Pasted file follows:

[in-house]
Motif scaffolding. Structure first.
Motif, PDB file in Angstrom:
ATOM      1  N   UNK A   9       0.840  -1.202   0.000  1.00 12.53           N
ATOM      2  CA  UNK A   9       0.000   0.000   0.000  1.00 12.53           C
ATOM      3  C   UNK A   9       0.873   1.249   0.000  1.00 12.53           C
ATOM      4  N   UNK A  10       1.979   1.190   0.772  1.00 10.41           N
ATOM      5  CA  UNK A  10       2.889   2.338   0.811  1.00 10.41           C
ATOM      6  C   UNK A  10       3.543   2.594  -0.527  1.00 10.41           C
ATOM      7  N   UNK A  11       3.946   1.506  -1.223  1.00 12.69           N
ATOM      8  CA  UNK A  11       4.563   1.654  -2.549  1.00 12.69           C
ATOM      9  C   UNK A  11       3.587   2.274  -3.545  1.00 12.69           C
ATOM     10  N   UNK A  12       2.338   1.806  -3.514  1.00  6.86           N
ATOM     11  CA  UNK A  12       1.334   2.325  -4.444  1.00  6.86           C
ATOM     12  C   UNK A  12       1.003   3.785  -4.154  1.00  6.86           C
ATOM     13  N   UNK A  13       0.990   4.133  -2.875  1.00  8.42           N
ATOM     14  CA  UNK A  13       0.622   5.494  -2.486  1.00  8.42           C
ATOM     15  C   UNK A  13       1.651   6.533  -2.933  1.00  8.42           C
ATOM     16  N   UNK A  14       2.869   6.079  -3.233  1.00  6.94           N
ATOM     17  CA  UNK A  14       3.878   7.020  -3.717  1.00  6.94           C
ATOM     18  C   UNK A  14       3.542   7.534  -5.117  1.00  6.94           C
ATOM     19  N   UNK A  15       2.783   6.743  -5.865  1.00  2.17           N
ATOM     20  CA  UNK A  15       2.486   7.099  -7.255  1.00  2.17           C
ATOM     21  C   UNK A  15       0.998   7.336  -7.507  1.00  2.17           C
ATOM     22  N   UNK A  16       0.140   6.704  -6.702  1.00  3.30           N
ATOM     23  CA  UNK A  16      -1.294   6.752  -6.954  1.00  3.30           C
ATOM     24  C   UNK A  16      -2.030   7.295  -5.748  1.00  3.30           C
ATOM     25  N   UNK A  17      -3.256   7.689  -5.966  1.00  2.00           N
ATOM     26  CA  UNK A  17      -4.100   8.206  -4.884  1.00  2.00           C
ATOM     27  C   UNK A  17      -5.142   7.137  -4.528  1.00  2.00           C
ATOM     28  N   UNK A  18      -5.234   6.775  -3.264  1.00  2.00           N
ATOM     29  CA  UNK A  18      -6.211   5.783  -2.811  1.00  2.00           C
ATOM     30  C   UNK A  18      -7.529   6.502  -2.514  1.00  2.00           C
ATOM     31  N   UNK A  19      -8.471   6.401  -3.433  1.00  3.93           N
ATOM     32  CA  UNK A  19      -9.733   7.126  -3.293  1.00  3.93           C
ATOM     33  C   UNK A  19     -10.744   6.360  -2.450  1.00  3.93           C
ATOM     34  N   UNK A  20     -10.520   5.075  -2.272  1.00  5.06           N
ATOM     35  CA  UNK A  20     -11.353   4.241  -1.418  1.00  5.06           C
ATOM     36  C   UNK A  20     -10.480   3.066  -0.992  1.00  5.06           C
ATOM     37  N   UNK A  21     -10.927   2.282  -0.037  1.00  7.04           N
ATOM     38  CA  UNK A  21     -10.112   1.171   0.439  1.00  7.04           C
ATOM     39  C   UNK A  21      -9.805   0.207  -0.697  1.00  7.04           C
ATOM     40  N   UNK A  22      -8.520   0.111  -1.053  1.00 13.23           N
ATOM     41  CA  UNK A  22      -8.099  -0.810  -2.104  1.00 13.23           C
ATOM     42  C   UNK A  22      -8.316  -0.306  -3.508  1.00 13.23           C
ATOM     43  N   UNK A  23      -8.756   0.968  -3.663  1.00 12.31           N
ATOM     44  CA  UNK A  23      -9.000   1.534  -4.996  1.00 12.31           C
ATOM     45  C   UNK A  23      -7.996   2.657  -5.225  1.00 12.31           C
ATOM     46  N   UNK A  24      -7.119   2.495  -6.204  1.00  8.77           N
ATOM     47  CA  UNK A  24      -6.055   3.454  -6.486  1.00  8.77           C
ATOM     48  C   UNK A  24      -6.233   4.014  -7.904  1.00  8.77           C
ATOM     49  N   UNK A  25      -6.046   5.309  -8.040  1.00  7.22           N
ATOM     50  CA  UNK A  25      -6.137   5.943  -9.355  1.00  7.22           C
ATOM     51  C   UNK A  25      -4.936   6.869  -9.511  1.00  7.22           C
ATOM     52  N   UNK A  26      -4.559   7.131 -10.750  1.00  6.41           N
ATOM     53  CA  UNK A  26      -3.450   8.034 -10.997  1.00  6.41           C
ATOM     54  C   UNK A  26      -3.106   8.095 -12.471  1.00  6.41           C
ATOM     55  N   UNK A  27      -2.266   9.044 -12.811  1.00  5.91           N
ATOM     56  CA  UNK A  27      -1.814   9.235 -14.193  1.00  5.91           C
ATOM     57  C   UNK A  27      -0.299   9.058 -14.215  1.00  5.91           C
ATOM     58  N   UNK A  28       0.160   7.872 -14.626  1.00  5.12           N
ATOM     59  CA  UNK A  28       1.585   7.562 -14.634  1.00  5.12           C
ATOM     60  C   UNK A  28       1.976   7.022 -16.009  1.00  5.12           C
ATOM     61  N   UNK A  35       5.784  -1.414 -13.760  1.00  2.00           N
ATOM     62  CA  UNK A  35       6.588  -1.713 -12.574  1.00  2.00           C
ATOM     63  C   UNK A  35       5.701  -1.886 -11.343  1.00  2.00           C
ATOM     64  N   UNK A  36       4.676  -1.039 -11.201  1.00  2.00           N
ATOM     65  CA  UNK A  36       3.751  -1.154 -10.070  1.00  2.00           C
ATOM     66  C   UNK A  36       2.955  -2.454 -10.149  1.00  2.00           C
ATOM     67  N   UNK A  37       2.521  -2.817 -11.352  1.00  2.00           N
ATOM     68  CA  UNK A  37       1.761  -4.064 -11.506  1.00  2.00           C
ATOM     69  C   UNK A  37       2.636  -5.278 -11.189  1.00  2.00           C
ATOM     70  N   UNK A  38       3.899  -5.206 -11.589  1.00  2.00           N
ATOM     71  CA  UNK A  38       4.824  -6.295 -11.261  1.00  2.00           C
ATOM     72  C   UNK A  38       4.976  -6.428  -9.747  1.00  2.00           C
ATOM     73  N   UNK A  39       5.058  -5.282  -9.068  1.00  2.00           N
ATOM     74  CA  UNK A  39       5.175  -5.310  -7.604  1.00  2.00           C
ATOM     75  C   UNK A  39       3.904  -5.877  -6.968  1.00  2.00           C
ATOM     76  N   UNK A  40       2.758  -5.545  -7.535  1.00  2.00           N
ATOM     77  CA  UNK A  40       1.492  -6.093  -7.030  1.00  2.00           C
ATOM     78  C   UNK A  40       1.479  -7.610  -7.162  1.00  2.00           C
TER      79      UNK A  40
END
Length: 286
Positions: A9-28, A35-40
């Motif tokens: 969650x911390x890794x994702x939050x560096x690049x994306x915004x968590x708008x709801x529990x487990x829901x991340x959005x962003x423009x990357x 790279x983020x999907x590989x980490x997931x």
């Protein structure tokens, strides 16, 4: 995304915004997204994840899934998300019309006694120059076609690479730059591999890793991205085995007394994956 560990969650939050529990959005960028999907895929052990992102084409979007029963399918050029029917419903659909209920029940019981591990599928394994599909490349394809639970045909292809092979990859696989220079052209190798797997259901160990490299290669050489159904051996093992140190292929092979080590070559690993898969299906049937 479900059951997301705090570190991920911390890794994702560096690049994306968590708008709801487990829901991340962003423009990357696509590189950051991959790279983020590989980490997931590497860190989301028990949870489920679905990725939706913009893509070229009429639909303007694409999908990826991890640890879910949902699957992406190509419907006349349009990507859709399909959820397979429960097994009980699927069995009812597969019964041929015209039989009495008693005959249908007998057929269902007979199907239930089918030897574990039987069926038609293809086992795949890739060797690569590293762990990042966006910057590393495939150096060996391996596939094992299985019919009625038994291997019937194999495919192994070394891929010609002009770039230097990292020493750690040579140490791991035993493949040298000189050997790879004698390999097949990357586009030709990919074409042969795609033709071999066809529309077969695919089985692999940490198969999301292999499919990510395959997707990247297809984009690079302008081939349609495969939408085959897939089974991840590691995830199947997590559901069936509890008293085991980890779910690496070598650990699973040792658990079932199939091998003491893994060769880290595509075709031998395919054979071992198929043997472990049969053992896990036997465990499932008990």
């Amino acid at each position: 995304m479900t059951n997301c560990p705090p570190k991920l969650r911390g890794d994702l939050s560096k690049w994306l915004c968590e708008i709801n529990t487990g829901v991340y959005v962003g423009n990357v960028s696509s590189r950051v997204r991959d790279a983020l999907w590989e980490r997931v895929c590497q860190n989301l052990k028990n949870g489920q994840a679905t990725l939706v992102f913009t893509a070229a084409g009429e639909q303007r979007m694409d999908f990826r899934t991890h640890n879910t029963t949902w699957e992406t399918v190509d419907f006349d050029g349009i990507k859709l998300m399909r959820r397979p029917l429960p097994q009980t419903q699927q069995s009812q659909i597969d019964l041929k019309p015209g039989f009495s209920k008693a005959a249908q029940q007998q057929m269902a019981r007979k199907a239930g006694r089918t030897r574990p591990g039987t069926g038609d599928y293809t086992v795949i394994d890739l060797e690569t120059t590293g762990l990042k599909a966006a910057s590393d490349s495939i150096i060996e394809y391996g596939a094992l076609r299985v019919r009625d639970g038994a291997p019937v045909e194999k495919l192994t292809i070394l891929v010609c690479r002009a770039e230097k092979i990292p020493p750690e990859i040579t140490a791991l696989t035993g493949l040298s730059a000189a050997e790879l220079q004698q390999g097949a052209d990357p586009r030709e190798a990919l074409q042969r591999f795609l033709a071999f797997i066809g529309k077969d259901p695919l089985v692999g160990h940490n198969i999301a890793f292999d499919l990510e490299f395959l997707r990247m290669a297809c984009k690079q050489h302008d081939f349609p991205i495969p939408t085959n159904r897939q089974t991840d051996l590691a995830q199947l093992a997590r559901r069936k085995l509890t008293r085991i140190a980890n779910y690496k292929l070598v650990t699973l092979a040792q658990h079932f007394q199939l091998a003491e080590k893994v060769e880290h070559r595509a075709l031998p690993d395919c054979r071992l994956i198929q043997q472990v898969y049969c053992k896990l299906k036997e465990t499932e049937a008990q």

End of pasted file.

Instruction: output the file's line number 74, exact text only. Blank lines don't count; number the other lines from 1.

ATOM     71  CA  UNK A  38       4.824  -6.295 -11.261  1.00  2.00           C